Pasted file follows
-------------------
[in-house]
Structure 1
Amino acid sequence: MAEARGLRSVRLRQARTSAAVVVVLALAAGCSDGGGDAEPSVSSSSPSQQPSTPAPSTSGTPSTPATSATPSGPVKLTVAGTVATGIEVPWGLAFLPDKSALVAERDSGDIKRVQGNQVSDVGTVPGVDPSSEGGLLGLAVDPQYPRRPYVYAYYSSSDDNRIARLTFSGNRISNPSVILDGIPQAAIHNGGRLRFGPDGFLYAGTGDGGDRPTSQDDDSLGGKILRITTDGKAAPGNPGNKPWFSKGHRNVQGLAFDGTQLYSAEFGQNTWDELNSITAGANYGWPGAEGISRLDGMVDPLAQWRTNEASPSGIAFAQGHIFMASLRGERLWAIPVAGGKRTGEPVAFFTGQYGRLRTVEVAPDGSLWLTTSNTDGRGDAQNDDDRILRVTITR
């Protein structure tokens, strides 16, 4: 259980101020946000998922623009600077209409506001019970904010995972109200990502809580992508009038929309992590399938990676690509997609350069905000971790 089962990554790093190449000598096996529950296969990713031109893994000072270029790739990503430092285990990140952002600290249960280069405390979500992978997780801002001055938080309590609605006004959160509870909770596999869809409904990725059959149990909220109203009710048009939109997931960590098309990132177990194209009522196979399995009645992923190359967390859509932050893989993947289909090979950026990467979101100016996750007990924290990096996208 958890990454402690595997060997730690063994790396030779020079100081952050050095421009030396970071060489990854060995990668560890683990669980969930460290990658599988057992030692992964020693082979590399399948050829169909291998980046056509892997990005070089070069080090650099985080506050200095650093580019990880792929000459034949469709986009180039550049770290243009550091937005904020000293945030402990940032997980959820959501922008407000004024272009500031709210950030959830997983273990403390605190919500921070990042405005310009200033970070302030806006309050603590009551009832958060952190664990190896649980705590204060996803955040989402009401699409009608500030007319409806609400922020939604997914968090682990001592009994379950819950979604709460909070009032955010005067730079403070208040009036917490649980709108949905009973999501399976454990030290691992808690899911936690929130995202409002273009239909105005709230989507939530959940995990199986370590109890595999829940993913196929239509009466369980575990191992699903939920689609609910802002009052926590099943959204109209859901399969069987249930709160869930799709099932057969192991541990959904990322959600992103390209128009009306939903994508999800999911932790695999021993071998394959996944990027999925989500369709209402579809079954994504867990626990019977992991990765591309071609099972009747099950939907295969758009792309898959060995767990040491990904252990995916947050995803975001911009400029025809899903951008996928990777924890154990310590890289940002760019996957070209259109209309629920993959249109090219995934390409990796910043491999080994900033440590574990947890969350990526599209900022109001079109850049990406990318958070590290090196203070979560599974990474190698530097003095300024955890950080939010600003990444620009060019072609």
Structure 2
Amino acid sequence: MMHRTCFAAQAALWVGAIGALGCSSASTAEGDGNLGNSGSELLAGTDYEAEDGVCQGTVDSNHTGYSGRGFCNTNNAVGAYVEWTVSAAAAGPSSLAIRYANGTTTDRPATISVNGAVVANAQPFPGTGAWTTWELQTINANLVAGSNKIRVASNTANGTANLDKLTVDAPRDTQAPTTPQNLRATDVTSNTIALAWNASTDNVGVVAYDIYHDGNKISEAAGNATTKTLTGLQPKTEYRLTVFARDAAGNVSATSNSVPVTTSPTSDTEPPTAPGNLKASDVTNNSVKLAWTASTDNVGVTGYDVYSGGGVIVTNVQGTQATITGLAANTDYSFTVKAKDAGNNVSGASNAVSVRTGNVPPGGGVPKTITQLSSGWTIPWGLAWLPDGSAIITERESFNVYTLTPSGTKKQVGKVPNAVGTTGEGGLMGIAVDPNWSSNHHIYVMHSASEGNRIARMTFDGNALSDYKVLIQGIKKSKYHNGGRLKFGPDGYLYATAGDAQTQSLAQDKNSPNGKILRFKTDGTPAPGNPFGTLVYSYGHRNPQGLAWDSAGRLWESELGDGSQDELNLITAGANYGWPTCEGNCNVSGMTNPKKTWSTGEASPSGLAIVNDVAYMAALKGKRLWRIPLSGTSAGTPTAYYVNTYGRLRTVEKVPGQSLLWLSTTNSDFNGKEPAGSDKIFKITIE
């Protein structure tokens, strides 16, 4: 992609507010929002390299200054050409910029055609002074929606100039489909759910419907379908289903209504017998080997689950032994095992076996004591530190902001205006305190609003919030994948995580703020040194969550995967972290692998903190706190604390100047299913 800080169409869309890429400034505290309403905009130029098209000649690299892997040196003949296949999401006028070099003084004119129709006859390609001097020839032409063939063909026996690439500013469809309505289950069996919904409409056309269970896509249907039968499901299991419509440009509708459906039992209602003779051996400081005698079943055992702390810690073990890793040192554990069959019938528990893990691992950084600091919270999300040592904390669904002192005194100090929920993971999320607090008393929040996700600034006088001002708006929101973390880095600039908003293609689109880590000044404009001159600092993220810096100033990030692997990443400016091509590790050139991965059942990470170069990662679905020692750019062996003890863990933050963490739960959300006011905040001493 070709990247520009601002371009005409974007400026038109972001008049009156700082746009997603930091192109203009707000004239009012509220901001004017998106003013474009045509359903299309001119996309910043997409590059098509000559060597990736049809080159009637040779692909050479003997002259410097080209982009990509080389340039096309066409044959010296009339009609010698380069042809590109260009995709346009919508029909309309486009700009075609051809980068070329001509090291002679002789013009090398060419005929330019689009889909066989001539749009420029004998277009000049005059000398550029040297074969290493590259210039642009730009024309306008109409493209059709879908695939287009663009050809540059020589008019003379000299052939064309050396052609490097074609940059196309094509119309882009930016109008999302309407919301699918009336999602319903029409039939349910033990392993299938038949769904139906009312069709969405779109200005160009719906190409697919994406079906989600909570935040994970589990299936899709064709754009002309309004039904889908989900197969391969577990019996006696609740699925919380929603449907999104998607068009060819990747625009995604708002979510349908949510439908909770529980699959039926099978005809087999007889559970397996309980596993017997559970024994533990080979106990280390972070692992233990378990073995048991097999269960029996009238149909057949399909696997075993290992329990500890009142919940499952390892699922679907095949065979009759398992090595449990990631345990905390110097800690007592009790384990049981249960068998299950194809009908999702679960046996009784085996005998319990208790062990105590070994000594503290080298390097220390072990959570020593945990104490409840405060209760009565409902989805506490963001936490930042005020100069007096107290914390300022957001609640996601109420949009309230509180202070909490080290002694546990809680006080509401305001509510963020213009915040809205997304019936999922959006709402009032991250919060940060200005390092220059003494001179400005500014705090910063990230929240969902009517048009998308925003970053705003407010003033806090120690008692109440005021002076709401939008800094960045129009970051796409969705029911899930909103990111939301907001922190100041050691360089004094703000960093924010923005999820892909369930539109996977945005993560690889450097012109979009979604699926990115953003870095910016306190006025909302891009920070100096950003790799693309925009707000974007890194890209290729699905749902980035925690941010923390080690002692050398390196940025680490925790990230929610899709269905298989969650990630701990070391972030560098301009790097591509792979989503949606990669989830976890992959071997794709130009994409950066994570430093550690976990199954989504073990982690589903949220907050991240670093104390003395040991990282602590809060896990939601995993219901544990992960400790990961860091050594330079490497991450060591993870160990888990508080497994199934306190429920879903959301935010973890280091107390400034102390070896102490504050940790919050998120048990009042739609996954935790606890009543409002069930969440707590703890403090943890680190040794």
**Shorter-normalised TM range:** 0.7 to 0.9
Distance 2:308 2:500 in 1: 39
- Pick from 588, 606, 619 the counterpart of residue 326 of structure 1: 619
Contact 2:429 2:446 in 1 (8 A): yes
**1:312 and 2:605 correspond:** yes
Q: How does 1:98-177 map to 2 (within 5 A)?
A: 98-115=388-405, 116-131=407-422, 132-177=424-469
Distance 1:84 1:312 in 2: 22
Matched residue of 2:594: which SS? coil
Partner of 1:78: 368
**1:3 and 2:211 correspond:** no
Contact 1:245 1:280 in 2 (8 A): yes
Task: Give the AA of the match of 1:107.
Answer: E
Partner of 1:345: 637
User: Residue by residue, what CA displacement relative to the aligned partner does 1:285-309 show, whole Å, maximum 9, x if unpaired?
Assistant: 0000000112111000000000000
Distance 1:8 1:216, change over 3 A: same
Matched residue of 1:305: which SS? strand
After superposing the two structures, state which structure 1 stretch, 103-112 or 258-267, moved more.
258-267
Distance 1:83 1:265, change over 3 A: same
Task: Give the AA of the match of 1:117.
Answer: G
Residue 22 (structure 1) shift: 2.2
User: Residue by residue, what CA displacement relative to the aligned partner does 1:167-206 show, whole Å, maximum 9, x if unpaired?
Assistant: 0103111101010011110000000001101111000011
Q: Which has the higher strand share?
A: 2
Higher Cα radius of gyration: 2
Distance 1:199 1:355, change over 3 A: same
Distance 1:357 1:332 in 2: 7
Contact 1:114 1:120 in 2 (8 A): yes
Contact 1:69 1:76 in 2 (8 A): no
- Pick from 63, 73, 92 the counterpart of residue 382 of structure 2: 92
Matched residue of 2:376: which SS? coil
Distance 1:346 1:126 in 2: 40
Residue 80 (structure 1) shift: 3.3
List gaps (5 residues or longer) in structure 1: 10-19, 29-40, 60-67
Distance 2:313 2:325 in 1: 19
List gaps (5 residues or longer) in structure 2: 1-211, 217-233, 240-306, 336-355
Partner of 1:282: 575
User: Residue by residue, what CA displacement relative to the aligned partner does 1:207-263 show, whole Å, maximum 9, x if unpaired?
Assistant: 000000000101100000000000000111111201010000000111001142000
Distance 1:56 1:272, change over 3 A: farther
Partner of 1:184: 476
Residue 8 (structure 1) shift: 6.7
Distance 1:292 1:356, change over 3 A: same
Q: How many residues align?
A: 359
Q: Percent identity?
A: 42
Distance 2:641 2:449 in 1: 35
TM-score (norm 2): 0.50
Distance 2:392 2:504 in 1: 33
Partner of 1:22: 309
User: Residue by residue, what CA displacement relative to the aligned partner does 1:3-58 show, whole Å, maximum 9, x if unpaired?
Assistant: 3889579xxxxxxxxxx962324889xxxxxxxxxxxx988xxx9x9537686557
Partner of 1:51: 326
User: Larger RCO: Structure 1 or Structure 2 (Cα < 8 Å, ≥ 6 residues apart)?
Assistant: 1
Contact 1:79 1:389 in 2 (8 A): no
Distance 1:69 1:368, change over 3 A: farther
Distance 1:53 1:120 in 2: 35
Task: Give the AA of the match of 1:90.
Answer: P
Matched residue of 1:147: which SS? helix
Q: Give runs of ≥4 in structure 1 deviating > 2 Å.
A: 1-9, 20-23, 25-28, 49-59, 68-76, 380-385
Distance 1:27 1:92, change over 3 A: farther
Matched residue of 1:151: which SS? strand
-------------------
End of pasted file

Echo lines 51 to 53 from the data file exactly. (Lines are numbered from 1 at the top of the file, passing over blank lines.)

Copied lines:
Assistant: 000000000101100000000000000111111201010000000111001142000
Distance 1:56 1:272, change over 3 A: farther
Partner of 1:184: 476